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Fig.2. Diagnostic process

Step 4: Implementation

The model was implemented to run on a PC. A user-friendly interface makes it usable by practitioners who need efficient tools. The software very quickly delivers a diagnostic showing the most dangerous panels (Fig.3).

Step 5: Evaluation

The model was tested on a very large sample: 362,604 diagnostics were compared to observed events. The results of the test demonstrate that the model is very reliable when locating the most dangerous panels: this model is a good classifier performing reliable spatial predictions. So it may be used as a complement to the Poisson model which gives good temporal diagnostics.

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Fig.3. Diagnostic screen

This study was a first attempt to solve the problem of wildfire forecasting by using Artificial Intelligence methods. The first results make us think that we should go deeper into this approach in order to improve the diagnostic process as well as the knowledge base.

Application of the Fire Risk Prediction Package

During the ongoing fire season in southern Switzerland (December to April) the statistical model is installed at the branch station of the Swiss Meteorological Service in the southern part of Switzerland in Locarno-Monti. The statistical model is tested there in operational conditions. For the expert system Pyrolog further development is needed, but we think that it will be possible to test it in operational conditions soon. The link between the two models can then be made.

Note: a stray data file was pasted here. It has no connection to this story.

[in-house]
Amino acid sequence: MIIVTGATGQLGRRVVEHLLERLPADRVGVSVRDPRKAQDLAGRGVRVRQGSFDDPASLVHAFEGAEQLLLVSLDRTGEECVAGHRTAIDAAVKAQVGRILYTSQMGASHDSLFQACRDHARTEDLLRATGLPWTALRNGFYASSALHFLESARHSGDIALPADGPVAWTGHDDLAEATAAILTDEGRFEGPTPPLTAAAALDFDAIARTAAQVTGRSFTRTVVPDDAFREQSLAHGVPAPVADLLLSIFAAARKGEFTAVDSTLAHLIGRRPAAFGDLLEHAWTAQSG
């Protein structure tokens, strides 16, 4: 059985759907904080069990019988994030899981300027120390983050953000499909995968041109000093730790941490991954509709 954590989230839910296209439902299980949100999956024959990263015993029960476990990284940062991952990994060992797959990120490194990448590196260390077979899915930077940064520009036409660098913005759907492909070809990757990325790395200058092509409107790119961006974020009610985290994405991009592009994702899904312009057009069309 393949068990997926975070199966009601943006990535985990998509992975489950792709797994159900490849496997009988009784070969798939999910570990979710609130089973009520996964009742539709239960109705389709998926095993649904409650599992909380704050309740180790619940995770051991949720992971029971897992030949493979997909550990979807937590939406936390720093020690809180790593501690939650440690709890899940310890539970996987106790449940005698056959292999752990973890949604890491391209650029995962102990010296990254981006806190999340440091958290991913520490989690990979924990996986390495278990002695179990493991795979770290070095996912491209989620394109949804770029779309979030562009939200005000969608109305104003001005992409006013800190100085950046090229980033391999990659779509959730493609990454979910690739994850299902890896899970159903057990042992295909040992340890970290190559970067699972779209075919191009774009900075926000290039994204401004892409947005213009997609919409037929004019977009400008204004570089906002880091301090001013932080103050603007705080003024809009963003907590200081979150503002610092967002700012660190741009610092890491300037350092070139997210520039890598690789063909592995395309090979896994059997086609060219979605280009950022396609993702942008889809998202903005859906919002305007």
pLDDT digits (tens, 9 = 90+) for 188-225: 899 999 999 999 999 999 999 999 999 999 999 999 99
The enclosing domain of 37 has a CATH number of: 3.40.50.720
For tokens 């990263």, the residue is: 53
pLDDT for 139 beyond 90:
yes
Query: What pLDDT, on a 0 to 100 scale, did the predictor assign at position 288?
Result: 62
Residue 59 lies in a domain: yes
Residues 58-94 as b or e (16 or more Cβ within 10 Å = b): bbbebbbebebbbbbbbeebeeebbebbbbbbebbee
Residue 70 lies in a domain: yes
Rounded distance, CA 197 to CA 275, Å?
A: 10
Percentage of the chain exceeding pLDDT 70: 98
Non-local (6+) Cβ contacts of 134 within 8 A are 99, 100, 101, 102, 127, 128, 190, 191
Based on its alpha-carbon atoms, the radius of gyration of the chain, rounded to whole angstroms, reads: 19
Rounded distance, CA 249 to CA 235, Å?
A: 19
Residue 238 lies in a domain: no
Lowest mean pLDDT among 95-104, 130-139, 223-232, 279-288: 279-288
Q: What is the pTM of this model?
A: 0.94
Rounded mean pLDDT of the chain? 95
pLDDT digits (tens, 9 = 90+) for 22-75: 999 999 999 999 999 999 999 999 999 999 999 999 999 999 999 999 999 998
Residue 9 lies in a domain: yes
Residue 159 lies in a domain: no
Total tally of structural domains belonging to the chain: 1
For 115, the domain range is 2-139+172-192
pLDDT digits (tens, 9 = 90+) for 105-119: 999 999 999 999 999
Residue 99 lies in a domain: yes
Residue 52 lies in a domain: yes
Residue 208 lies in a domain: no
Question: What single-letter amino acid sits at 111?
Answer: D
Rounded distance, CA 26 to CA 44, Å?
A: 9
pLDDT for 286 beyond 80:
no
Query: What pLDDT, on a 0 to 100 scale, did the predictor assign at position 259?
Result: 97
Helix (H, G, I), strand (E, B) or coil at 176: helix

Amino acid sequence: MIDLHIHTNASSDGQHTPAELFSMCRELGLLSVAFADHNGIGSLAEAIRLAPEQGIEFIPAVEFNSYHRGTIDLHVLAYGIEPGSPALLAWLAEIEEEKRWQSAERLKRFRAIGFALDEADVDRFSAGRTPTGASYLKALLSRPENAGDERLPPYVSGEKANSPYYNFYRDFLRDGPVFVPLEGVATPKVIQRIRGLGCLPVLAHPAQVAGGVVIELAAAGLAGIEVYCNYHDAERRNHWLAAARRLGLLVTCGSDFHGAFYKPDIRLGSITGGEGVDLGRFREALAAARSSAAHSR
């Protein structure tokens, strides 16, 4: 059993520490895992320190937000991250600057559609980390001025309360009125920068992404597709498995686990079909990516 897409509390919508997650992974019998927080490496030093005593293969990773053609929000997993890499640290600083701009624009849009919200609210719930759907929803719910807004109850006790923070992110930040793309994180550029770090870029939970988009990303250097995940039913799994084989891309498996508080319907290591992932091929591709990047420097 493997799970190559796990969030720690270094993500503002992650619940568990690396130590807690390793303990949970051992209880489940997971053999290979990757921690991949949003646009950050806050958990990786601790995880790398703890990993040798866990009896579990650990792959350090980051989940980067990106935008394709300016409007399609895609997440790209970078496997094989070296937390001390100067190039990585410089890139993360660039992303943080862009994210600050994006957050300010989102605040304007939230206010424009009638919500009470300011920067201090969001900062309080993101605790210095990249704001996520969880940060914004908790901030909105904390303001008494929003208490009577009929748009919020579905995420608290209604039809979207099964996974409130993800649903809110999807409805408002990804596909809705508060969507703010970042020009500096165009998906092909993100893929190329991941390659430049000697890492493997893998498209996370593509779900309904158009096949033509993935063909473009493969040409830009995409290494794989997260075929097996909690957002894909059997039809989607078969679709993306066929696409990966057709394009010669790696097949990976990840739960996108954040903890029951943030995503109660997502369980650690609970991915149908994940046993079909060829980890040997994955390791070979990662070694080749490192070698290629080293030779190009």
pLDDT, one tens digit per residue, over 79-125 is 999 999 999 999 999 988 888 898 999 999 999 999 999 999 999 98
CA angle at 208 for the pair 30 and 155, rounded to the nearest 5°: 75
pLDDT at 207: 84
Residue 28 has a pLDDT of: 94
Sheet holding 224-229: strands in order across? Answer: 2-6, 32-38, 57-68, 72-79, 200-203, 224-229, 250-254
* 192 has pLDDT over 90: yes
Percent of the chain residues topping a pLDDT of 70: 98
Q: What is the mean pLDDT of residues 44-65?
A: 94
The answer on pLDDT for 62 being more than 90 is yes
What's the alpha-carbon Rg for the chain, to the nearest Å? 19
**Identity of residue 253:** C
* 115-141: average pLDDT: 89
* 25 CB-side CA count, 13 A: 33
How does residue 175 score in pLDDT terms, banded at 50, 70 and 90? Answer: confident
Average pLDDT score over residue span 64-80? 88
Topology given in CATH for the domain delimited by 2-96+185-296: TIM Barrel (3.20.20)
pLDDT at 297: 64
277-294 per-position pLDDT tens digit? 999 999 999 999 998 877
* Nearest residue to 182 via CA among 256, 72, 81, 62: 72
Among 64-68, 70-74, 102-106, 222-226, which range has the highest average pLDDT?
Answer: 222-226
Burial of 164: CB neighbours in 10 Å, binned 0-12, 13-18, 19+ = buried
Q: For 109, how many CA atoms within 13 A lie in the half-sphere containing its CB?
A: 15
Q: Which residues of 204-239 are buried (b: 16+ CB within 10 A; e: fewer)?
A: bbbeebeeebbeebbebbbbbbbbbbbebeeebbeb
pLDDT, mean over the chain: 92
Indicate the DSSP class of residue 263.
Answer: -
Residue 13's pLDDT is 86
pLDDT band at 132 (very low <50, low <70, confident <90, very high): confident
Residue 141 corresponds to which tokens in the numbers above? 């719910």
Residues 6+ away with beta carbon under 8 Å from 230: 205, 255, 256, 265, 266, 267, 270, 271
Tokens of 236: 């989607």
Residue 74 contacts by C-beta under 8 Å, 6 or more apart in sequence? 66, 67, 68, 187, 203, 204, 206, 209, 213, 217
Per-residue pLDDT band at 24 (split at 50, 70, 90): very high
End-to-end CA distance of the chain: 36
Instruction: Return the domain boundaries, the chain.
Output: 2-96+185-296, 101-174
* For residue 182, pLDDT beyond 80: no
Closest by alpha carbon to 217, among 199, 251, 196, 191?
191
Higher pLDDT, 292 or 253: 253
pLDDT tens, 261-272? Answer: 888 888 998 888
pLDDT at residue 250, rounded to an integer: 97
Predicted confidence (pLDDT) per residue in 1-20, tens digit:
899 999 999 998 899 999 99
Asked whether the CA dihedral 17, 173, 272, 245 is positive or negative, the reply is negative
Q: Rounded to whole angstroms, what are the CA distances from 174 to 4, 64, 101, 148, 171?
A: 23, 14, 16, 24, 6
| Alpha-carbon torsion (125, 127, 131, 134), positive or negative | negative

Rational Forest Fire Danger Prediction is an essential part of a modern forest fire management system. In our research programs we have tried to develop a powerful method to support short term fire prevention and fire fighting decisions for southern Switzerland. We think that the proposed prediction package will be a useful tool for the Weather Forecast Service and the responsible authorities of fire management and fire-brigades in their fire prevention and fire fighting activities.


Conedera, M., P. Marxer, C. Hofmann, W. Tinner, B. Ammann. 1996. Forest fire research in Switzerland. Part 1: Fire ecology and history research in the southern part of Switzerland. Int. Forest Fire News No. 15, 13-21.

From: Marco Conedera Daniel Mandallaz FNP Sottostazione Sud delle Alpi D-WAHO casella postale 2014 ETH Zürich CH – 6501 Bellinzona CH – 8092 Zürich
Fax: +41-91-821-5565
Fax: +41-1-632-1127 Tel: +41-91-821-5562 Tel: +41-1-632-3186 e-mail: conedera@wsl.ch e-mail: mandallaz@pfe.waho.ethz.ch
Robert Bolognesi
Paolo Ambrosetti EISLF ISM Osservatorio Locarno-Monti Flüelastr. 11 via Mit della Trinitä 146 CH – 7260 Davos CH – 6605 Locarno-Monti
Fax: +41-81-417-0110
Fax: +41-91-756-2310 Tel: +41-81-417-0153 Tel: +41-91-753-2316 e-mail: bolo@slf.ch e-mail: pam@otl.sma.ch